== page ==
I Have Accounts With AMEX and B of A That Are About to go to Collections. – Edward

Edward

“Dear Steve,

I am not a great storyteller so here is my situation- I have three accts with AMEX that are charged off and are about to go to collections total is about $8,000 I have credit acct with BoA that is charged off to the tune of $5,000, I don’t know what to do.

I lost my job and was unemployed for 5 months and now I am employed but can’t get back in their good graces. I really could only afford about $200/mo total in payments towards these without causing myself or my family problems. How can I try to get this done? What should I do? Doesn’t seem like enough to file for bankruptcy but I also want to avoid court…any thoughts? Do you need more info?

Edward”

Dear Edward,

I think the technical issues surrounding your situation answer the question for you. With $13,000 of debt your monthly payment in a credit counseling program will be $260 – $300 a month. That might simply be out of your reach.

Even if you did enroll in a credit counseling program you would need to make that new minimum payment each and every month for the next 60 months.

It might just be that your best course of action is to contact both a debt management company and a local bankruptcy attorney. Talk to both groups and then after educating yourself about what each has to offer you can make an informed decision that is best for you.

Sincerly,


You are not alone. I'm here to help. There is no need to suffer in silence. We can get through this. Tomorrow can be better than today. Don't give up.

Steve Rhode

3 thoughts on “I Have Accounts With AMEX and B of A That Are About to go to Collections. – Edward”

  1. It has been my experience that American Express simply won’t deal with credit counselors or people who negotiate debt management plans.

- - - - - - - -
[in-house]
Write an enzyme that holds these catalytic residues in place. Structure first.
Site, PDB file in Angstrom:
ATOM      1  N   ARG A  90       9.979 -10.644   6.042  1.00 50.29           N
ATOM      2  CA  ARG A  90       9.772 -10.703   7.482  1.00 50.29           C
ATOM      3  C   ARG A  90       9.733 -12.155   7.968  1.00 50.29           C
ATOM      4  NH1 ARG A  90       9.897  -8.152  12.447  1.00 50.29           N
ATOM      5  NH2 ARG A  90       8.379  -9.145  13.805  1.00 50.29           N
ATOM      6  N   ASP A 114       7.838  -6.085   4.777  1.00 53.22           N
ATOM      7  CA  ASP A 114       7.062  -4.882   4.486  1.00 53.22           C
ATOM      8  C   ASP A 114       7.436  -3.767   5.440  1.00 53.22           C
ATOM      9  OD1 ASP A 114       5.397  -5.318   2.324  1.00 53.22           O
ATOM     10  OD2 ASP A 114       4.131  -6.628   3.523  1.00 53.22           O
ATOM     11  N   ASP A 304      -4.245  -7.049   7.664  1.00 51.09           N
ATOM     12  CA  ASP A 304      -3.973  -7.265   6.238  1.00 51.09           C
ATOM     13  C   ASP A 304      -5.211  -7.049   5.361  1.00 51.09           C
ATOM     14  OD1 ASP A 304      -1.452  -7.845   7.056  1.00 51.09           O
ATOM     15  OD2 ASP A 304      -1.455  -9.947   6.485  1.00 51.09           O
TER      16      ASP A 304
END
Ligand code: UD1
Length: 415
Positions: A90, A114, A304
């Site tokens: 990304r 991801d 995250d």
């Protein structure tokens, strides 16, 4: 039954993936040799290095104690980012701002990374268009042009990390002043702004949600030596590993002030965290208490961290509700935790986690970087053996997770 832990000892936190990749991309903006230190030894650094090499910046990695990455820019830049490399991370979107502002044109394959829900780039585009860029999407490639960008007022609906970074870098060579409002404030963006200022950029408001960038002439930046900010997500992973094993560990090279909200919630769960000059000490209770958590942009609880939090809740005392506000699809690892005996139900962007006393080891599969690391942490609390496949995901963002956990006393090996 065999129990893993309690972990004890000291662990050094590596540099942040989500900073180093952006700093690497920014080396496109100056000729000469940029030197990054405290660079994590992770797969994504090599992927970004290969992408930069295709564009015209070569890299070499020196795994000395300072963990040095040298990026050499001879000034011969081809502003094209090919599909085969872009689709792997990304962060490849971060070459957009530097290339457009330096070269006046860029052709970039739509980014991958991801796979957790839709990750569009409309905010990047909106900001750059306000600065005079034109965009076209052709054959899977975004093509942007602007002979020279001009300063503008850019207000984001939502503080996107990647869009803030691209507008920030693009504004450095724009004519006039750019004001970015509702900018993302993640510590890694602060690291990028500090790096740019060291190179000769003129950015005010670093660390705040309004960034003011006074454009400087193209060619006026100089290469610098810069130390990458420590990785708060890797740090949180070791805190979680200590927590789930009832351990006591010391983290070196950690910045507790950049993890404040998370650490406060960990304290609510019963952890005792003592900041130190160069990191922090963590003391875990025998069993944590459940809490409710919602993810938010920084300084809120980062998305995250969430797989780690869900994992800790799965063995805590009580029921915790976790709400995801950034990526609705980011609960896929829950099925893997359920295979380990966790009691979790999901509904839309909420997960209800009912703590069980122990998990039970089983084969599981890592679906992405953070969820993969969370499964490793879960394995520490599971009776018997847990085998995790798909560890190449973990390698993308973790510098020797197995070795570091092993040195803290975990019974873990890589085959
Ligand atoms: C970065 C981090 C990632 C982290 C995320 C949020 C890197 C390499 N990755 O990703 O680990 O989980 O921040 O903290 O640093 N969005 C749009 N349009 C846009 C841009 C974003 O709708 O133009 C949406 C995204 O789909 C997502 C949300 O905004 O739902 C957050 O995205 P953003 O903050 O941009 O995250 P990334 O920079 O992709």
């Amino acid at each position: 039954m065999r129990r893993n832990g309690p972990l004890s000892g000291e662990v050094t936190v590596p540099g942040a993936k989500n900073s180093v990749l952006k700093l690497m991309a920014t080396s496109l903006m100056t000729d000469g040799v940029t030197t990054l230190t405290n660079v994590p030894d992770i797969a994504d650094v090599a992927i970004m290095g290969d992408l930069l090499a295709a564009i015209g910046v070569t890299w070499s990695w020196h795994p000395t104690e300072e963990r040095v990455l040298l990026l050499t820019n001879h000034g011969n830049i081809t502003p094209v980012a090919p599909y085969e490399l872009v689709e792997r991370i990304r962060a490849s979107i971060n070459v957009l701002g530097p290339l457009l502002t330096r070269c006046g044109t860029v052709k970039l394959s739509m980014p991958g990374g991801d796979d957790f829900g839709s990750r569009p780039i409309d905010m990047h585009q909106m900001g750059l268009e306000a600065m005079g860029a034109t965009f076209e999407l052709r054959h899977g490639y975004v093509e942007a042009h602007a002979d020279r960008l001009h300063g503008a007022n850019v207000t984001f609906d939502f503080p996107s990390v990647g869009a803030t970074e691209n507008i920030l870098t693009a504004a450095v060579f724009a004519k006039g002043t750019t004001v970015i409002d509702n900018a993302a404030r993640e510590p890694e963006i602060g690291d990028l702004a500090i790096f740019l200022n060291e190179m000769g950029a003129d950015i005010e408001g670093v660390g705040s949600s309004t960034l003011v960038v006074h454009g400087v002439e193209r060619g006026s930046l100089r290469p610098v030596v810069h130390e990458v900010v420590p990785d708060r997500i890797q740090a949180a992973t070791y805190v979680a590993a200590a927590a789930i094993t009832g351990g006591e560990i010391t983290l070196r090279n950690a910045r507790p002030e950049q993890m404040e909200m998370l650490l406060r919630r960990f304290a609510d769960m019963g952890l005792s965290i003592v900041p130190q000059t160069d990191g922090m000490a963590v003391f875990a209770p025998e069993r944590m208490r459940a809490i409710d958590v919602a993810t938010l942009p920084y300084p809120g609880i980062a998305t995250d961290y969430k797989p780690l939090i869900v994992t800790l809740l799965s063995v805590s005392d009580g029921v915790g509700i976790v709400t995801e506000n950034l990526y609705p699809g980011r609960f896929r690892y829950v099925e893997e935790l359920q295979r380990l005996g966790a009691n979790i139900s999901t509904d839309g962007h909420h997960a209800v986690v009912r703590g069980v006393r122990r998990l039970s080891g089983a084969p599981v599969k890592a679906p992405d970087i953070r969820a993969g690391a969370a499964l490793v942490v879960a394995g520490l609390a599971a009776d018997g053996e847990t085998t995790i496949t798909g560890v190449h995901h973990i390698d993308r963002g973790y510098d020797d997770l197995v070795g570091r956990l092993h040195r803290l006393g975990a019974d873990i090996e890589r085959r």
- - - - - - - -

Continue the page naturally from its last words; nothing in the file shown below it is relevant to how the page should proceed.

$13,000 might not seem like a lot to file bankruptcy, but everything is relative. $13,000 to someone making $26,000 per year is far greater of a burden than to someone making $100,000 per year.

    Right now, you have a $13,000 whole. If you successfully complete a DMP, all you’ve have to show is a $13,000 whole that has been filled. If you file for Chapter 7 and manage to set aside the money that would have gone into the DMP, you’ll be a lot better off.

    Nonetheless, explore your options. Bankruptcy isn’t for everybody, but it is almost always better than a DMP.
    .-= Carl H. Starrett II´s last blog ..California’s 90-Day Foreclosure Moratorium Really Isn’t =-.

    Reply
    • Edward,

      Carl brought up an excellent point I forgot to touch on. Carl is right, it is absolutely not the number that makes bankruptcy relevant. It is how the debt you have impacts your life that is critical. I’ve had people in front of me with $300,000 of credit card debt, not worried about it at all. I’ve had people with $3,000 of debt who are practically suicidal and sobbing.

      Steve

      Reply
  2. Edward,

    One thing Steve left out was that credit counseling only works for accounts prior to charge off. If the original creditor has already charged off the debt it is too late to continue making payments via a debt management program or credit counseling program. Now Depending on the state you live in a debt settlement program sounds like the best option for you. If you could afford about 300-350/mo you could have these debts taken care of in about 2years or 24 months- Some settlement programs may allow you to enroll for 3 years and bring your monthly savings payment down below 300/mo. You should speak with a certified debt specialist before heading down the bankruptcy road. Also keep in mind you’ll need to get some tax advice for the charged off debt, the creditors will issue a 1099c, for the cancelation of debt, which may be consider as taxable income, unless you can prove insolvency.

    Reply

Leave a Comment